The pros and cons of trying to put a value on natural assets
PUBLISHED: 06:00 19 January 2019
Peter Cosgrove from the Suffolk Marine Pioneer project gives both sides of an argument that has exercised ecologists and economists for decades.
Is it possible to put a value on nature?
Since the 1970s, ecologists and economists have struggled with the term natural capital assets - and how to accurately factor natural wonders, such as woodlands, oceans, and meadows into cost-benefit analysis calculations and project assessments.
It’s a conundrum that Peter Cosgrove is trying to unravel through a project based on the Suffolk Coast.
He is overseeing what is called a Marine Pioneer pilot project – a venture funded by Defra and hosted by Suffolk Coasts and Heaths AONB as part of the Government 25 year Environmental Plan – that is considering how so-called natural capital assets, such as salt marshes, are valued, managed and affect our well-being.
But why try to put a value on nature in the first place? And why is it difficult and controversial?
To answer the initial question: Mr Cosgrove says it is widely recognised that the environment has been degrading over the past 70 years and that this degradation has happened because the value of the environment has not been recognised in decision making: from policy formation and legislation to business decisions and individual choices, nature has often lost out.
To demonstrate this, he gives the example of a man buying a bottle of tomato ketchup.
“When he is weighing up one brand against another, he may look at price, he may look at flavour but the environmental impact of making that ketchup would not come to mind - and that’s pretty much the same with every product.
“Some inroads have been made putting A-ratings on washing machines, other white goods and cars, but even this doesn’t look at the whole life cycle of a product and the overall costs and benefits to the natural environment.”
A key reason this hasn’t been done, says Mr Cosgrove, is because it is very difficult to understand the whole value of the natural environment; How for example do you quantify the value of the Suffolk Coast and Heaths AONB?
You might, for example, start to look at how these outstanding landscapes encourage people to be outside; how they offer benefits to people’s mental and physical health. It might be that saltmarsh offers benefits in terms of coastal defence, carbon sequestration and local fish stocks. Another factor to consider would be the role played by the coast and estuaries in encouraging visitors to the area and supporting the region’s economic well-being. And what value would you prescribe to the emotional feeling we have when we are surrounded by nature: that beautiful view; the tree on the village green that you used to play under; the way our hearts lift when we see a swift or hear the song of the nightingale?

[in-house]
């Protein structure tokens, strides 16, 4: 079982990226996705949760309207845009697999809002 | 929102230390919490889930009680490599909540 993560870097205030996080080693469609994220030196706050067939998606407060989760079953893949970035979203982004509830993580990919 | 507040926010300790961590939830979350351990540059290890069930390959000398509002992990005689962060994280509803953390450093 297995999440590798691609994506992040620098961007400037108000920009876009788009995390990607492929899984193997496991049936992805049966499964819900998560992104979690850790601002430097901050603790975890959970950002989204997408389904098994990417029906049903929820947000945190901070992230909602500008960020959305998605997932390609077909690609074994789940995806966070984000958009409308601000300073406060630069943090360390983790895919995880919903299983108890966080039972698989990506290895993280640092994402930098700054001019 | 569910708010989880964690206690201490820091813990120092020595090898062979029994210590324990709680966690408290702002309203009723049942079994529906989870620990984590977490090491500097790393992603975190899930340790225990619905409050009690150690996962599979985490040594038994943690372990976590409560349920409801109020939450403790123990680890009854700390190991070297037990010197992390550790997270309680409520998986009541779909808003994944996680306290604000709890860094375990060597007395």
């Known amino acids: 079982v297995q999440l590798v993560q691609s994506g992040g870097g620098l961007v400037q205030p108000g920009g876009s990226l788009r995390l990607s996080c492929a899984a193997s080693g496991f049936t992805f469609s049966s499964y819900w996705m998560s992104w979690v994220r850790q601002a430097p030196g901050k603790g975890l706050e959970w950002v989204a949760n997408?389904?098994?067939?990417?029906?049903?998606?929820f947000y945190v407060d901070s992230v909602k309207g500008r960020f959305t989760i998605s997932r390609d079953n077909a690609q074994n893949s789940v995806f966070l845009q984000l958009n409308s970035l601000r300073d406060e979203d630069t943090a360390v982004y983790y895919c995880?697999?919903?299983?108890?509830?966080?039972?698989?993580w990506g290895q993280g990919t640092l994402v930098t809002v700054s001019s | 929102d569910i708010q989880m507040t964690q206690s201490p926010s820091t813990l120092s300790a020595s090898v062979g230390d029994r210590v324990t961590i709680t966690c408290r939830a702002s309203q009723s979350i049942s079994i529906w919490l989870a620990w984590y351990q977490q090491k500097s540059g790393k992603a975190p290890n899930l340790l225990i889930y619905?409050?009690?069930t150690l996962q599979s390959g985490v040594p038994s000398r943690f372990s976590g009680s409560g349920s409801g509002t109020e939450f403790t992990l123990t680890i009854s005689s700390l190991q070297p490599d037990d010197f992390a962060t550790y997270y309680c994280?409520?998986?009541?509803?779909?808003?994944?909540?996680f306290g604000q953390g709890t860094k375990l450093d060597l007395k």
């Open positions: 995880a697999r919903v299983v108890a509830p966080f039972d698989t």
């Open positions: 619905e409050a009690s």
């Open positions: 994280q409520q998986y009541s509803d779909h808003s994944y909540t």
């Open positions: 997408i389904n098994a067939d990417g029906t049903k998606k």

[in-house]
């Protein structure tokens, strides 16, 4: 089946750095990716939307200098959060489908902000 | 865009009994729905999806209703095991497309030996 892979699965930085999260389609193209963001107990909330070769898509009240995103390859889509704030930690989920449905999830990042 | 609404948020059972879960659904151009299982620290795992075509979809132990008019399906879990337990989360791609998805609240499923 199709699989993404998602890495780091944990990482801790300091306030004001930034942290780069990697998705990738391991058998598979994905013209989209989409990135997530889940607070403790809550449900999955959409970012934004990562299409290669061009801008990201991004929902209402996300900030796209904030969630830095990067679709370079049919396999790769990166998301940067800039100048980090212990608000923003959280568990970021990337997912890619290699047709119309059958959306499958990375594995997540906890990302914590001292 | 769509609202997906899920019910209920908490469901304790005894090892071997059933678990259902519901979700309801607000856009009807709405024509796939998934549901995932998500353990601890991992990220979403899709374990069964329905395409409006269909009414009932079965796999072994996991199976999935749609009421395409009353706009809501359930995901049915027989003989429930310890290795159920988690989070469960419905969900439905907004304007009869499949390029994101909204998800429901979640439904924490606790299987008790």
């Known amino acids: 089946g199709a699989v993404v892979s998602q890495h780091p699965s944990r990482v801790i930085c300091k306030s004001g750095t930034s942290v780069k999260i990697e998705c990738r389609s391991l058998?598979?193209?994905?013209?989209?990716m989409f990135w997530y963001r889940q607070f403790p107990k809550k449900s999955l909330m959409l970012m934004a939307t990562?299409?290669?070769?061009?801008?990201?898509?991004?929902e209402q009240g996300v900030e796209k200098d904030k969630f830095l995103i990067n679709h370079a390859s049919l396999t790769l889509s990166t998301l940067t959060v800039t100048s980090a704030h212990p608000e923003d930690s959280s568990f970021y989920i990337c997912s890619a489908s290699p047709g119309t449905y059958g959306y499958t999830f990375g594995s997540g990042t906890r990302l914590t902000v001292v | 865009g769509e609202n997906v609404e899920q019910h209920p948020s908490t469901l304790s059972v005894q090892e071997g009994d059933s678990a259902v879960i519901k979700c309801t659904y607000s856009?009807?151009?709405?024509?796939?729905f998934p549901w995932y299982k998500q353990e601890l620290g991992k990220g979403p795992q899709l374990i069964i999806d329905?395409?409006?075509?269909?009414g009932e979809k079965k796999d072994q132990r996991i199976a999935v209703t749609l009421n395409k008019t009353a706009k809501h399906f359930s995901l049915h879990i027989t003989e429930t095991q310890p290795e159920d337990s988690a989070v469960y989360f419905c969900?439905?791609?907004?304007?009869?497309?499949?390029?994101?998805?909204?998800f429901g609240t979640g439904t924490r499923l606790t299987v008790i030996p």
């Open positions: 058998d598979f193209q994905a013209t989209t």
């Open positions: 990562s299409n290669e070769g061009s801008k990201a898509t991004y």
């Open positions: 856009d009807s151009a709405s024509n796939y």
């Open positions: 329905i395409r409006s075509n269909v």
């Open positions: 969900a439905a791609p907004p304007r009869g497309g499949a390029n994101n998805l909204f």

“Putting a number on that is incredibly difficult,” admits Mr Cosgrove.
There are conservationists who decry any attempt to put a quantifiable value on nature, most notably rewilding campaigner George Monbiot.
Mr Cosgrove explained: “The moment you start mentioning value, people immediately think you mean pounds and pence, and the moment you start to put a monetary value on nature, lots of people get anxious.
“There is the argument that if you pander to market forces and monetisation, you are accepting defeat – you are never going to aspire to a truly natural environment. To use a sporting analogy, you’re playing for a draw. From a personal perspective, I see the merit in that argument.
“Putting a value on nature implies you have the ability to sell it off. This is the last thing the Pioneer wants to do. It’s not about selling nature as an asset, it’s about recognising the value of the environment amongst other drivers, chiefly economics.”
But Mr Cosgrove also recognises the opportunity in the opposite side of the debate - and the awareness that by attempting to quantify nature there is more chance its value will be appreciated in all areas.
He continued: “Purists may reject the idea of putting a monetary value on nature, saying that the environment is priceless, but the danger of this approach is that they are not speaking the language of decision makers and will struggle to even get a place at the table where big decisions are made.
“A growing number of conservationists are open to the idea that valuing nature isn’t the worst idea because as long as you acknowledge and encompass all values, you stand a chance of elevating the standing of the environment more widely and getting it properly recognised in decision-making.”
And the argument of conservationists advocating the natural capital approach has gained traction in the last 30 years, as we have seen our natural environment disappear and become damaged, Mr Cosgrove says.
“Lots of money has been put into conservation, everyone is familiar with the big conservation organisations and the work that they are doing both in East Anglia and across the country, and yet you talk to anyone who has lived in this region for a number of decades, and they will tell you from an environmental perspective, things have got worse - from the encroachment of developments and the changing of landscapes, to the decline of wildlife.”
It is clear there are no easy answers and that this is a debate that is set to continue for many years to come - what do you think?
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